- Aussies have momentum and could be a good bet
- Cummins side second favourites behind India
- Hosts India remain favourites
In the lead-up to the World Cup, Pat Cummins’ Australian side was largely overlooked in favour of hosts India and defending champions England. Initial heavy defeats to India and South Africa only fueled the scepticism.
Aussies put shaky start behind them to make themselves contenders
However, as the tournament progressed, England faced setbacks while Australia surged forward. Former captain Aaron Finch remarked on the team’s transformation, citing a newfound confidence in individual and collective performances. Notably, players like Marcus Stoinis and Cameron Green, potentially returning to the middle order, offer a formidable boost.
Despite a shaky start, Australia’s recent form has been impressive. Dominant victories against Sri Lanka, Pakistan, and the Netherlands, coupled with a nail-biting win over New Zealand, have positioned them for a spot in the semi-finals.
The batting lineup has witnessed standout performances, with David Warner notching two centuries, Travis Head delivering a blistering 59-ball ton in his return from injury, and Glenn Maxwell registering the World Cup’s fastest century against the Netherlands. Meanwhile, in the bowling department, Adam Zampa leads the wicket-taking charts, supported by the consistent contributions of Josh Hazlewood, Pat Cummins, and the versatile Glenn Maxwell.
Nonetheless, a lingering concern centres on the middle order. While Warner and Head displayed explosive form against New Zealand, Mitchell Marsh, Steve Smith, and Marnus Labuschagne faced difficulties, stalling the innings. Finch pointed out the need for cohesion and highlighted occasional disjointedness in the middle.
Australia’s ability to capitalise on strong platforms towards the latter part of innings remains a missing link. Against Pakistan, a promising 245-0 turned into 367-9, and a similar pattern emerged against New Zealand. As the tournament advances, slower pitches may challenge Australia’s aggressive powerplay approach, potentially benefiting players like Smith and Labuschagne, known for their ability to craft an innings.
Finch suggested that Australia’s initial tough matches might have actually worked in their favour, allowing them to hit their stride after a rocky start. While India appears poised to progress undefeated in the group stage, the top four, including South Africa, Australia, New Zealand, and India, are seen as highly competitive, with any team capable of triumphing on their day.
With a week-long break before their pivotal clash against England on November 4, Australia stands on the cusp of a potential game-changing moment. Regardless, dismissing them as contenders would be a perilous oversight.
The Aussies are now second favourites with most bookies and, if they keep their recent momentum going, they are a major threat to the hosts India, who have carried the pressure of tournament favourites from the outset. A convincing victory over England on Saturday would see their odds shorten even further.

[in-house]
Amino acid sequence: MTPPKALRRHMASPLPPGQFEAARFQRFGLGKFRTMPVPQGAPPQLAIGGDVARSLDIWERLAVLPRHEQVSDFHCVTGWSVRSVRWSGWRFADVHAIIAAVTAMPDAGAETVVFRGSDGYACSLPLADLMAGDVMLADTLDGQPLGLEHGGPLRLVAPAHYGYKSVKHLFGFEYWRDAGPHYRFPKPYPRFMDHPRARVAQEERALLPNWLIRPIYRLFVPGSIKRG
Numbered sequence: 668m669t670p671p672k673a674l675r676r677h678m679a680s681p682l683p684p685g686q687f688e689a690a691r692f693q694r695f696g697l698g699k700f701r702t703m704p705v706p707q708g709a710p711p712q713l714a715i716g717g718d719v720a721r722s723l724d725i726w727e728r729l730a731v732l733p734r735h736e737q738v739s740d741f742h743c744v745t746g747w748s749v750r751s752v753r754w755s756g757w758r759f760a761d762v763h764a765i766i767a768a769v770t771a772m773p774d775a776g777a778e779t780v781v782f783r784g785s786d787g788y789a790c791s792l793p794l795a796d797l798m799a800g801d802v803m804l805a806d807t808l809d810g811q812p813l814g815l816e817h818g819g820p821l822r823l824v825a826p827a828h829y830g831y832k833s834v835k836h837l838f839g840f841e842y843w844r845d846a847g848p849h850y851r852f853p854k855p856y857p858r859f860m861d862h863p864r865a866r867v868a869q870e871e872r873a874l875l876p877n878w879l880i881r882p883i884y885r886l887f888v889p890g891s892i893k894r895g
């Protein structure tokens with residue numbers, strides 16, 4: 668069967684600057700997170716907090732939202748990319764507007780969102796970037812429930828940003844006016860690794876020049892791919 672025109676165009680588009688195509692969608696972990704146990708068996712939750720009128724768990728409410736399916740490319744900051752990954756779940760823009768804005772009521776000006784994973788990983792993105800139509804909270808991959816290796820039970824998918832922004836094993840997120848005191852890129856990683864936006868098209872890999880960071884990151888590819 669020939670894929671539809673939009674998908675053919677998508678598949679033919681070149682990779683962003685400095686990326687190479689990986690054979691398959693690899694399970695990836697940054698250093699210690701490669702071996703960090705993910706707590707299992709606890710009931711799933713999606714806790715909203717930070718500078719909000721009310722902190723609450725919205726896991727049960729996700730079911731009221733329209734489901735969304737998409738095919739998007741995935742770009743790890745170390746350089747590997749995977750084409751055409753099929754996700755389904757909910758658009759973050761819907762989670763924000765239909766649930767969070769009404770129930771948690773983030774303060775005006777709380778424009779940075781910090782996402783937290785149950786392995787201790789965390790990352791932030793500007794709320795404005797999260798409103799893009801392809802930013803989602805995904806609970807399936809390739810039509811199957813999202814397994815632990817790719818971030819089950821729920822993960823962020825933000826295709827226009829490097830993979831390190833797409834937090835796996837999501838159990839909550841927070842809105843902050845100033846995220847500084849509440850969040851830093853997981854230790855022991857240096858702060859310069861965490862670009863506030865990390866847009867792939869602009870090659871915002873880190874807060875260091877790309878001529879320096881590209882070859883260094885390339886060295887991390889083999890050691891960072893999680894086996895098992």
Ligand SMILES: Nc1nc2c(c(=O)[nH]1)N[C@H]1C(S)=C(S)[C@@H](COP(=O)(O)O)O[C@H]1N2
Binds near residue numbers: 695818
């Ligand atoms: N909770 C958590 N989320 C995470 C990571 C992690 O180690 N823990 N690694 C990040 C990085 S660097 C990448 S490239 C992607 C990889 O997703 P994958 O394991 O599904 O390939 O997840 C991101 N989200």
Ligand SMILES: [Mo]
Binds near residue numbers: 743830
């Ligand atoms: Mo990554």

At the time of writing, Betway, have Australia priced at 14/5 compared to India, 21/20, South Africa 100/30 and New Zealand, 6/1.
Cricket World Cup Permutations
The race for a place in the World Cup semi-finals is hotting up, with all 10 sides still, technically, in contention for a top-four finish.
Hosts India look almost certain to make the last four, while South Africa, New Zealand and Australia are currently in the remaining qualification positions. However, the remaining six nations, right down to holders England, know a late run of results could see them qualify.
In addition, the top seven will qualify the 2025 Champions Trophy alongside hosts Pakistan, though eighth place will be sufficient if Pakistan finish in the top-seven.
What each team needs to make the semi-finals:
- India: India will guarantee a semi-final place if they win one of their remaining three matches.
- South Africa: South Africa will guarantee a semi-final place with two wins from their three remaining fixtures.
- New Zealand: To be certain of a semi-final spot New Zealand need to win their remaining three group games.
- Australia: Australia will need three wins from their remaining three group games to be sure of a place in the semis.
- Sri Lanka: Sri Lanka need at least two wins from their four remaining matches but they need Australia and New Zealand to lose their remaining games and must improve their run-rate.
- Pakistan: Pakistan need a minimum of two wins from their final three games, but that depends on Australia and New Zealand losing their remaining matches and them to improve their run-rate.
- Afghanistan: To make the semi-finals they need at least two wins from their final four games, but that requires Australia and New Zealand to lose their remaining matches and to improve their run-rate.
- Netherlands: The Dutch need at least two wins from their remaining three matches, but that requires Australia and New Zealand to lose their remaining matches and to improve their net run-rate.
- Bangladesh: To get to the final four they need three wins from their remaining three matches while significantly improving their net run-rate and hoping for shock results elsewhere.
- England: The World Cup holders need three wins from their remaining three matches while dramatically improving their run-rate and a freakish and improbable set of results elsewhere to qualify.